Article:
Legal markets have been evolving significantly in Latin America in the last two decades. From a basic family-model structure, leading firms have adapted to international standards and many of them are strong institutions and references in their own countries and communities.
This process has been driven mostly by the economic upturn the region has experienced in the last two decades. Economic growth and investments have produced an increasing need for sophisticated legal services.
But this trend has experienced limitations, due to a less beneficial international market for commodities and also political and economic instability in many of the countries in the region. I have spoken with senior partners from leading firms in the main economies in the region to find out what is happening in their countries in 2015, what could be expected for 2016, and what will be the impact for law firms.
Argentina has had a decade of limited investments and restricted policies toward foreign trade and investments. A government with high intervention in the economy has left little room for long-term projects. This model has impacted productivity in the economy and, consequently, in the legal industry. Business law firms have not experienced growth and have found problems offering opportunities to younger professionals. National elections are coming in October which might prove critical for the future of the economy and also the legal industry. If the candidate for the government – Mr. Daniel Scioli – wins the election, many fear that there will be little chance to find an improvement in the next few years. On the other side, if the opposition wins, although a hard recovery could be expected, the change of expectations will probably produce a wave of new investments within a short period of time. If that happens, law firms will be able to benefit from that upswing and try to recuperate part of the time lost in the last decade. Infrastructure, energy and oil and gas will be at the top of list when business activity starts picking up again.
The current administration led by Dilma Rousseff is under tremendous pressure but contrary to previous occasions there is a great respect for the institutions and no social unrest. Many economic sectors are beginning to feel a downturn, for a number of reasons: (a) devaluation of the Real; (b) sharp reduction in consumption by the population (cars, consumer goods); and (c) infrastructure (especially in the wake of the Petrobras scandal). The devaluation of the Real and the increase in the number of distressed assets create “the perfect storm” for acquisitions by foreign investors that see the strategic opportunity. A lot of M&A activity is arising from those factors. A large number of Brazilian companies in distress could bring Chapter 11-like reorganizations (recuperação judicial) or debt renegotiation. As a consequence, a lot of work for bankruptcy and banking practices might be expected. It’s hard to predict, but many economists say that 2016 will be better than 2015 in terms of GDP growth, considering the political scene will have to be clearer by then.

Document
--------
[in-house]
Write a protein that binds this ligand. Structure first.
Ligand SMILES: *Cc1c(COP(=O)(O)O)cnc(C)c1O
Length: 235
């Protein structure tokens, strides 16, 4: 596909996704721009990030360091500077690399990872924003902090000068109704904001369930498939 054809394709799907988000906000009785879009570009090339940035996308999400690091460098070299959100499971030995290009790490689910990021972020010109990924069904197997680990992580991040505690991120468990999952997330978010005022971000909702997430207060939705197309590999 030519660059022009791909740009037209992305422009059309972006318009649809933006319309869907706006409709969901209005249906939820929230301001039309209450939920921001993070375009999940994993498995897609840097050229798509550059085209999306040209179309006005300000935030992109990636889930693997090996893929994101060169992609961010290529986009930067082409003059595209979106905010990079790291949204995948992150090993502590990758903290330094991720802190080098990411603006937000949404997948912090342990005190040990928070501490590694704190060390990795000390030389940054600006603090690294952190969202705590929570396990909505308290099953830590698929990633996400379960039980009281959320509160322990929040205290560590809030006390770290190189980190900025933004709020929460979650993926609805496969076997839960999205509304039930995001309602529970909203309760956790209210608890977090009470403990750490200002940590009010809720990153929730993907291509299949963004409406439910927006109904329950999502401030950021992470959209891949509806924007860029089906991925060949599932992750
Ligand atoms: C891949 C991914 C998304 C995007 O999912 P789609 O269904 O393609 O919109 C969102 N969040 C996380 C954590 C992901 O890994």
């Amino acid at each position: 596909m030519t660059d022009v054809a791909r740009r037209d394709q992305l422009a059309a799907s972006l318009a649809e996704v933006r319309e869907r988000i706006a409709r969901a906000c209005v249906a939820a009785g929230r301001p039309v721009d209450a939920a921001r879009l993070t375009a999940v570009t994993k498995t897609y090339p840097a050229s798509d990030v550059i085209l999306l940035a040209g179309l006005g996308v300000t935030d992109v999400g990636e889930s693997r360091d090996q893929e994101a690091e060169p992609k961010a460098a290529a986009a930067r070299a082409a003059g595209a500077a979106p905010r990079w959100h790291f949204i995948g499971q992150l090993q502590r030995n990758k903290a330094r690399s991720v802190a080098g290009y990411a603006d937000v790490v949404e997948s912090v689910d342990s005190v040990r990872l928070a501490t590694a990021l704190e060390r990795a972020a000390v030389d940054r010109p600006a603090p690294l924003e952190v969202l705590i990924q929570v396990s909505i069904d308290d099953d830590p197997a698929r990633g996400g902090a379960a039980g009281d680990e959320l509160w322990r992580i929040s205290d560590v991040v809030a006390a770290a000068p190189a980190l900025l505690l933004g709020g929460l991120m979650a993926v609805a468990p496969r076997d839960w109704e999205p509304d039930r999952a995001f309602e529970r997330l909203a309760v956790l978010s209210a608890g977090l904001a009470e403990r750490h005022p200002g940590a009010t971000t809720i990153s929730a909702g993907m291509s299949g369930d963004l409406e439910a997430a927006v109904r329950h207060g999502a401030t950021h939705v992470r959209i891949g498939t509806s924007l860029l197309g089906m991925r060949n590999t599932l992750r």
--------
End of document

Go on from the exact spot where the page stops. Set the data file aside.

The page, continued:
Chile has experienced a slowdown in its economic activity because of the political reforms by the government of Michelle Bachelet. There have been relevant changes in the tax laws (including tax rates and tax basis) and there is a bill in Congress introducing important changes to labor laws. The result has been a significant reduction in investment and growth. Mergers and acquisitions activity has decreased. However, since prices have fallen this may change in the short run. The practice areas that are performing well are energy, particularly renewable energy; tax on issues of tax reform; labor; and litigation, especially regulatory issues. The World Bank projected a growth of 3.3% for Chile during 2016.
While Colombia has been steadily growing since 2009, this year the country is facing a slowdown to the 3% level in GDP terms. The high fiscal dependence in commodity prices (oil, coal, nickel) which have faced historic lows during the last 12 months also impacts the Colombian economy. Notwithstanding, investment continues to flow in many sectors, attracted by the yet still positive image that the country has abroad, its growing consumption, and lower target prices driven by a 40% devaluation of the Colombian currency. The better-established law firms have benefited from the country’s economic growth of recent years, consolidating larger and better structured teams. In addition the market has seen the entry of foreign firms. The slowdown in the first half of 2015 has been a catalyst, where firms are aggressively competing with fees and talent retention, pushing revenues down and costs up. Next year will be a challenging one for law firms. While the market will continue to expand, rates of growth in terms of revenues per lawyer or revenues per partner and profits per partner will not reach figures of preceding years. Firms with strong dispute resolution, infrastructure and projects practices will do better than others. Transactional, general corporate and tax practices should stabilize. Smaller firms will certainly be tempted to enter into alliances with other local or foreign firms, but leverage will not be the same